For physicians with taxable income below the thresholds, the 20% deduction will most likely be a tax benefit. Physicians with taxable income above $315,000 (joint returns) will have a harder time fitting into this rule. Some are suggesting that taxpayers establish separate Management Service Organizations (MSOs) or the spinoff of one or more ancillary activities in order to report income in a non-service entity. By doing that, a taxpayer would be able to subject a portion of its business income to the 20% deduction. For example, if a taxpayer with $415,000 of qualified business income were able to move $100,000 of the qualified business income into a non-service entity, the taxpayer would receive a deduction of $20,000 (20% x 100,000). In that fact pattern, the taxpayer would still receive no deduction for the $315,000 of service business income because its taxable income is over $415,000. However, it is unclear whether such ideas (i.e., setting up a MSO) would achieve the intended benefit. The IRS will likely provide rules detailing how the new law should be implemented, or the IRS might rely on existing rules to prevent perceived abuses. For example, the IRS could apply existing analogous rules that treat related groups of companies as a single company for certain purposes. If those rules are applied, forming the MSO would not have the intended benefit.
What Does CohnReznick Think?
The creation and structuring of an MSO or the creation of spinoff entities must be done carefully and in compliance with existing medical industry standards, guidelines, and regulations, which may vary from state to state. As noted above, establishing an MSO and allocating some non-service income – depending on how the IRS interprets the new tax law – might not result in the intended tax benefit. CohnReznick is monitoring these discussions to determine whether the IRS will allow such a conversion, or whether there is an alternative option. Until the IRS releases more definitive information, it might be risky to incur the costs of setting up a separate entity, only to later discover that it must be dissolved.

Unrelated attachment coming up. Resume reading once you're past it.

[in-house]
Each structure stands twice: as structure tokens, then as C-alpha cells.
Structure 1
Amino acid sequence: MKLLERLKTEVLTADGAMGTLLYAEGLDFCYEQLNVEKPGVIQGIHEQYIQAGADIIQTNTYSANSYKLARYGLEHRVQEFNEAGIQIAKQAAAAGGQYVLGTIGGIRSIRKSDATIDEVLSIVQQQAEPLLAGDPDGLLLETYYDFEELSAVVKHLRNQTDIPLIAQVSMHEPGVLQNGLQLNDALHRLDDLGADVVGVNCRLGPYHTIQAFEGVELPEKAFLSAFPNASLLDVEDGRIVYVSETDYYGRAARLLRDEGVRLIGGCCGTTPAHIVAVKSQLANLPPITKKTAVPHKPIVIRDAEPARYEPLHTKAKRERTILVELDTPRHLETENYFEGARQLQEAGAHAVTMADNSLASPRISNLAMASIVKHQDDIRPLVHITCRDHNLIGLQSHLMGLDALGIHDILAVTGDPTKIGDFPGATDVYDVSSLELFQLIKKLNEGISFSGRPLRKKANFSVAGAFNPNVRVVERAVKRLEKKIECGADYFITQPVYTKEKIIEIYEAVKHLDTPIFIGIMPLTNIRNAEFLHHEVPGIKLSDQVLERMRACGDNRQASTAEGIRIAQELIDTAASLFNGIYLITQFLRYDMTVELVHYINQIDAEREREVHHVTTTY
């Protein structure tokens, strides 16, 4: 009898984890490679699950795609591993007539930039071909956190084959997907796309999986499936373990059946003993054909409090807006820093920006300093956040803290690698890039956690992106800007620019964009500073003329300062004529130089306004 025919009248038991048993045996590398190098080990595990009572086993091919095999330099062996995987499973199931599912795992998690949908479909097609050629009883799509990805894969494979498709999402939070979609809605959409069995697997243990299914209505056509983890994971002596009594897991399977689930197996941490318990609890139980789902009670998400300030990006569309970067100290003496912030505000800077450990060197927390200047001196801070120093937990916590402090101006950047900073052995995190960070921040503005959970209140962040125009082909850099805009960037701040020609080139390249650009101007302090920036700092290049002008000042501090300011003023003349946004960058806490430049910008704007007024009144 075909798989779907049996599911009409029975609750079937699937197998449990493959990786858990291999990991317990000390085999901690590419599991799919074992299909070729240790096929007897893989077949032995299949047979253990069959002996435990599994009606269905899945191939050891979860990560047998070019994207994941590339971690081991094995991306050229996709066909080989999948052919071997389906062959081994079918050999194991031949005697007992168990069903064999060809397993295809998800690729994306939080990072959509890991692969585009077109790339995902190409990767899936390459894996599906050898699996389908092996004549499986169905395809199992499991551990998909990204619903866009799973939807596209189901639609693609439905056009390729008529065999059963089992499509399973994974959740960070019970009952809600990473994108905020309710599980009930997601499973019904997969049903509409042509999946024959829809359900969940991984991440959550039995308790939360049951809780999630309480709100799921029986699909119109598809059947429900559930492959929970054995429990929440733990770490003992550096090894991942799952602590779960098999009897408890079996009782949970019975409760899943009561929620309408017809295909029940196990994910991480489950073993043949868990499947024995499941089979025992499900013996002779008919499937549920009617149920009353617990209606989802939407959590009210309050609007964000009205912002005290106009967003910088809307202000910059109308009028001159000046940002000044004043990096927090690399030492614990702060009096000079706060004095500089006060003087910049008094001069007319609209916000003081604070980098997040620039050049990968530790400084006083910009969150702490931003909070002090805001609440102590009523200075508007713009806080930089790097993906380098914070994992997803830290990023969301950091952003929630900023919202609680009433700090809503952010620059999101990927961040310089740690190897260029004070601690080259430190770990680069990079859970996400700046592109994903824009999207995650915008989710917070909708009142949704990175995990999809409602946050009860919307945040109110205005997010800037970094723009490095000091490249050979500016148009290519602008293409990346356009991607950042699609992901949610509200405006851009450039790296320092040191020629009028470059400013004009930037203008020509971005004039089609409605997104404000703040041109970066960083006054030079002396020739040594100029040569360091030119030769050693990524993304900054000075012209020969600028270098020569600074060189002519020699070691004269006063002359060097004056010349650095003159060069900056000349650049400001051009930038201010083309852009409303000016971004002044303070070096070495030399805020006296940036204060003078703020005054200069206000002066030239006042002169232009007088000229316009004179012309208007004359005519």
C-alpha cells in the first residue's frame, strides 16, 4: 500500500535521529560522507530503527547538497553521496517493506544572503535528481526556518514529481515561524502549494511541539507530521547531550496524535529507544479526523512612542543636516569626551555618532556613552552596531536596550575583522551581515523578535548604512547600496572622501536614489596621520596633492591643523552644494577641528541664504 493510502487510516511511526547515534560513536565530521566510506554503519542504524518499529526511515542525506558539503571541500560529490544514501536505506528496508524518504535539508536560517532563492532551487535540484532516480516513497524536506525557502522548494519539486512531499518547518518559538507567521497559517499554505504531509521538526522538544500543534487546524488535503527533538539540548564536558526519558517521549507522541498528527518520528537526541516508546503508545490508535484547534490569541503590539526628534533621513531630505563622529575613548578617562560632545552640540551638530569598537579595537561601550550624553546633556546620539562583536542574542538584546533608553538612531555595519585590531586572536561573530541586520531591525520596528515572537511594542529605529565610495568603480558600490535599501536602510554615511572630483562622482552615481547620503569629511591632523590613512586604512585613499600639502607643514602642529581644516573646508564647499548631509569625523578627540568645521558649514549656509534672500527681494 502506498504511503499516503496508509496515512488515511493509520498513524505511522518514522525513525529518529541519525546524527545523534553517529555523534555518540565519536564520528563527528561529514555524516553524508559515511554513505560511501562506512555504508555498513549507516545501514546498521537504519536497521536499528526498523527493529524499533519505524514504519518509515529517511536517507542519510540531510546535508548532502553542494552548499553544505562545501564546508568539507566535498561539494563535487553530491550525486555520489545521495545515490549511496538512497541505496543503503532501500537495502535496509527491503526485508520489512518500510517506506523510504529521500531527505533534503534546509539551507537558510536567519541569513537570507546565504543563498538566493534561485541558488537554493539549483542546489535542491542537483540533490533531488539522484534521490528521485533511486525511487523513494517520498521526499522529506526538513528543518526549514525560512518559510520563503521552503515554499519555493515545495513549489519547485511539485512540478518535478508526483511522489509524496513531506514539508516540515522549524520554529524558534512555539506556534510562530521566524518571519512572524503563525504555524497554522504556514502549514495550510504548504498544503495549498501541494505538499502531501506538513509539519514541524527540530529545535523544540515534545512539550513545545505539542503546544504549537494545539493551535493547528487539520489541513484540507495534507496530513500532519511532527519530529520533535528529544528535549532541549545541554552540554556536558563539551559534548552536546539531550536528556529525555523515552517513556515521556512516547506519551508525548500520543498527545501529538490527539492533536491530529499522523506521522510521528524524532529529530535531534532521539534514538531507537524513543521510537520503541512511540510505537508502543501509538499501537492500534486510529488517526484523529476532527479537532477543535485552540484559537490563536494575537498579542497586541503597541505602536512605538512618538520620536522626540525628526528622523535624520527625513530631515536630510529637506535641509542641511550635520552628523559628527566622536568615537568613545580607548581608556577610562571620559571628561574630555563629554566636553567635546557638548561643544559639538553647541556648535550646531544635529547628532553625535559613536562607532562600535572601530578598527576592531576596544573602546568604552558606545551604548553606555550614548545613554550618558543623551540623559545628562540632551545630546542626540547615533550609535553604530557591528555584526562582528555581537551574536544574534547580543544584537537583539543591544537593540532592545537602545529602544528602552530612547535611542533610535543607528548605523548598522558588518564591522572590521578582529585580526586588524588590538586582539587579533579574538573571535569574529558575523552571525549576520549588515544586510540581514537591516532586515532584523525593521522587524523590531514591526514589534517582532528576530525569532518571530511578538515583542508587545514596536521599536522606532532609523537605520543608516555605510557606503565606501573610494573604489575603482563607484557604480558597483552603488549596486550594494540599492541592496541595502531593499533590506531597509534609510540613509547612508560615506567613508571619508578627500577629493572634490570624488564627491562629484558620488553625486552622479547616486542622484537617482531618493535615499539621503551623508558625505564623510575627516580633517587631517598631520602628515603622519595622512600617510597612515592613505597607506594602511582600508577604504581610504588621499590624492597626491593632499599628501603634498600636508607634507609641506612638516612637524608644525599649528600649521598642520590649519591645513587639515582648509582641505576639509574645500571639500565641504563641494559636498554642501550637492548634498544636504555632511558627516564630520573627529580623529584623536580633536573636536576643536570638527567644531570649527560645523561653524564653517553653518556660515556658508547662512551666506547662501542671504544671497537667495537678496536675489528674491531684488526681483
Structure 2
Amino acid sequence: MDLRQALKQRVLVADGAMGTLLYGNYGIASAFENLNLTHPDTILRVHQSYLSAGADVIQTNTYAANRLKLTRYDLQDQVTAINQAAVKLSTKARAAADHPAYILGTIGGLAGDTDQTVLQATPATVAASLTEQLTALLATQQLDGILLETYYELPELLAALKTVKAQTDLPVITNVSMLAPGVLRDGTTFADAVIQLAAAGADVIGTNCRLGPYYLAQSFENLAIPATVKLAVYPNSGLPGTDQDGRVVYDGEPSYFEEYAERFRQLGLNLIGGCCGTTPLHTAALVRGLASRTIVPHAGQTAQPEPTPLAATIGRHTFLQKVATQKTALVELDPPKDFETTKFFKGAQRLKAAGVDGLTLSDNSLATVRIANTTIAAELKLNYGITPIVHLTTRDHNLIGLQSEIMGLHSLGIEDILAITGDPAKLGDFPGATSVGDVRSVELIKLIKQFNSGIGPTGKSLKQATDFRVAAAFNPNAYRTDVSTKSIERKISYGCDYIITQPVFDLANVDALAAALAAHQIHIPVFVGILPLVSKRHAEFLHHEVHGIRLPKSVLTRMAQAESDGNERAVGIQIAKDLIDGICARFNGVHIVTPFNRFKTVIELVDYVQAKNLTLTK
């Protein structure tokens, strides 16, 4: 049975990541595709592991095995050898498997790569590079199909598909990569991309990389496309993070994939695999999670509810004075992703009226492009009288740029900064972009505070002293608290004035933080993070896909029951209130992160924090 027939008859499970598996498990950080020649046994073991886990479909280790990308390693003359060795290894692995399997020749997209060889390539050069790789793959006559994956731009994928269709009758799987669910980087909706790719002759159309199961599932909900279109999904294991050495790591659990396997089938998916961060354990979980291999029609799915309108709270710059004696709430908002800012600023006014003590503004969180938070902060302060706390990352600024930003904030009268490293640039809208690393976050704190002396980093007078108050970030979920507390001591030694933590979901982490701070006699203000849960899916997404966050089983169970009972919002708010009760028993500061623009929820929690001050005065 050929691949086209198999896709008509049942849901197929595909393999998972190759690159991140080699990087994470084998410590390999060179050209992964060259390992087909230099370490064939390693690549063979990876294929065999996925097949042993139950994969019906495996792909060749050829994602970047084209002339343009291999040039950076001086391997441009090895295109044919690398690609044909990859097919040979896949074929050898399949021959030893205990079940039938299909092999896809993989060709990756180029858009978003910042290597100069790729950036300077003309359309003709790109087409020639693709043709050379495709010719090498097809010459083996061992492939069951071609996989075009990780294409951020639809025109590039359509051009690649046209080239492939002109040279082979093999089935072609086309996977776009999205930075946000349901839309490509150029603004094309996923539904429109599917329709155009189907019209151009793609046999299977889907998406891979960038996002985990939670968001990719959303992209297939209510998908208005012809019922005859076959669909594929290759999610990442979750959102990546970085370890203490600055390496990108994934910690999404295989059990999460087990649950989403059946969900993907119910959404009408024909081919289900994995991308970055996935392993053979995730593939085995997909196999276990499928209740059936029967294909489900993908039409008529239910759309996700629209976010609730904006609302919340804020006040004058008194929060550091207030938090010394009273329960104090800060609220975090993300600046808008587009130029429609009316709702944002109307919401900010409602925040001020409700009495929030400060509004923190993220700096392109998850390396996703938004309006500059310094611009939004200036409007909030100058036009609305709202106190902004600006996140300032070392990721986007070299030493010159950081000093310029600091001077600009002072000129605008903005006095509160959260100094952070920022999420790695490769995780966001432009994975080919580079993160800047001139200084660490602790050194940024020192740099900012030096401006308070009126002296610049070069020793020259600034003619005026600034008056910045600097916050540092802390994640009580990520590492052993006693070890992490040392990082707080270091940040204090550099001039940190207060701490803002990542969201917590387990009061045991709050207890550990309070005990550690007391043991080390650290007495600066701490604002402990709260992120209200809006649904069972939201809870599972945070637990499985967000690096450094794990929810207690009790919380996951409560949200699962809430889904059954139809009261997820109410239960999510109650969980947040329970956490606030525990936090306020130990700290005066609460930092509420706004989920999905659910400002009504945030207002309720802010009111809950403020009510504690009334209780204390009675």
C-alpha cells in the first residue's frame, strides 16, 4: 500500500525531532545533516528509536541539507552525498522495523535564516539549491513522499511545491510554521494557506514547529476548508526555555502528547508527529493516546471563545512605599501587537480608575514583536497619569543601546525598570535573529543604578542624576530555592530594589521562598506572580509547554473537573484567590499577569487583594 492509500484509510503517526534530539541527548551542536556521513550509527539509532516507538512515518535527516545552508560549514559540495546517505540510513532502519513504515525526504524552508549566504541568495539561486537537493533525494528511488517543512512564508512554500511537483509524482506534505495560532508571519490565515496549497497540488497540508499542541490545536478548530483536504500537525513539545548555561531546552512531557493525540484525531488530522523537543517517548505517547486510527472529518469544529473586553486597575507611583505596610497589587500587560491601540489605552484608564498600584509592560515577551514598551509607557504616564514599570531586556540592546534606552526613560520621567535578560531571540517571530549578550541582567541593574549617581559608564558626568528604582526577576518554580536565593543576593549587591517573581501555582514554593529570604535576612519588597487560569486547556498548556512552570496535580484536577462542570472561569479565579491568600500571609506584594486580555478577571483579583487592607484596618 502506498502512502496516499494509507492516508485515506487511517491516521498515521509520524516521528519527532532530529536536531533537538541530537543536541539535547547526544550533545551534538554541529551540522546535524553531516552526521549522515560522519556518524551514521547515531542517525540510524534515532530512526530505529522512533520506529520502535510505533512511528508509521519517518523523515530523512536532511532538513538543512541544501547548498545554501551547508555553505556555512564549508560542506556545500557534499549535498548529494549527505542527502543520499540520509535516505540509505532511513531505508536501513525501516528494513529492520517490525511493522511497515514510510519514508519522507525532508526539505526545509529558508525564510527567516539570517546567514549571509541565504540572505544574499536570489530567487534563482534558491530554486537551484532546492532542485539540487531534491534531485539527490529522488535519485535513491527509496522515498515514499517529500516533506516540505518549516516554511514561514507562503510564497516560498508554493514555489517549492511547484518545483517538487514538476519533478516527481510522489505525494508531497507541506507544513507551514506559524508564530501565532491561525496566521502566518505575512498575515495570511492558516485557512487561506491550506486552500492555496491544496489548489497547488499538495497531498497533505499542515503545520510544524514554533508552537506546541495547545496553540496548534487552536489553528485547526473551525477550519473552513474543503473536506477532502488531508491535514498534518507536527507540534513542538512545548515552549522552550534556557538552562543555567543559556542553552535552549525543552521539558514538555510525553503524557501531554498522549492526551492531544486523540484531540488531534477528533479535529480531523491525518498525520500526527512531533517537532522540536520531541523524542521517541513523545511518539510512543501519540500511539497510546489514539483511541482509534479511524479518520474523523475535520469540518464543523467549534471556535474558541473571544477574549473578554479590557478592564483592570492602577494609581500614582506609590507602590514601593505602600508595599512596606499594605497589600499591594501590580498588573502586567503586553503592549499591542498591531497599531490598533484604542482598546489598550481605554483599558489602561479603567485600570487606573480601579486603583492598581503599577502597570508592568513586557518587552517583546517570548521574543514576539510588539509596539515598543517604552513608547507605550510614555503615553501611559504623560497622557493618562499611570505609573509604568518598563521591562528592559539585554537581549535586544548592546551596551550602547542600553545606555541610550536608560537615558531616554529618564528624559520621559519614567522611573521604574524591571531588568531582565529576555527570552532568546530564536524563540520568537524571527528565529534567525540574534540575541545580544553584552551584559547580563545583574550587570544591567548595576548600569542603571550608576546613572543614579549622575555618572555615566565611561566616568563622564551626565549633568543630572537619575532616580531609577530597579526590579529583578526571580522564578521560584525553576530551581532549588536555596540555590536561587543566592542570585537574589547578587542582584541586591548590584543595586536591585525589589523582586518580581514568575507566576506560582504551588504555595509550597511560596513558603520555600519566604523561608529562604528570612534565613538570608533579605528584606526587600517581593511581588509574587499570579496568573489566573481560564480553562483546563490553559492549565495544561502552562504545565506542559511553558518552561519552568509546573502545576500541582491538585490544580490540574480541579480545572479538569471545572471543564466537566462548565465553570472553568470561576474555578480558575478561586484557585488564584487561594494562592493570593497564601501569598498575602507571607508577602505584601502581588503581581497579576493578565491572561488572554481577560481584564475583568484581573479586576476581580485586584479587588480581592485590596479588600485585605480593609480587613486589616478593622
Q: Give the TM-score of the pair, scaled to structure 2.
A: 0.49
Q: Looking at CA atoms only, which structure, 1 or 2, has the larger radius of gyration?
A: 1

CohnReznick’s Medical Industry team, working together with you and your legal team, can help you navigate through these issues. Should an MSO be the right fit for your practice, we can assist in implementing and achieving an appropriate and effective structure.
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Any advice contained in this communication, including attachments and enclosures, is not intended as a thorough, in-depth analysis of specific issues. Nor is it sufficient to avoid tax-related penalties. This has been prepared for information purposes and general guidance only and does not constitute professional advice. You should not act upon the information contained in this publication without obtaining specific professional advice. No representation or warranty (express or implied) is made as to the accuracy or completeness of the information contained in this publication, and CohnReznick LLP, its members, employees and agents accept no liability, and disclaim all responsibility, for the consequences of you or anyone else acting, or refraining to act, in reliance on the information contained in this publication or for any decision based on it.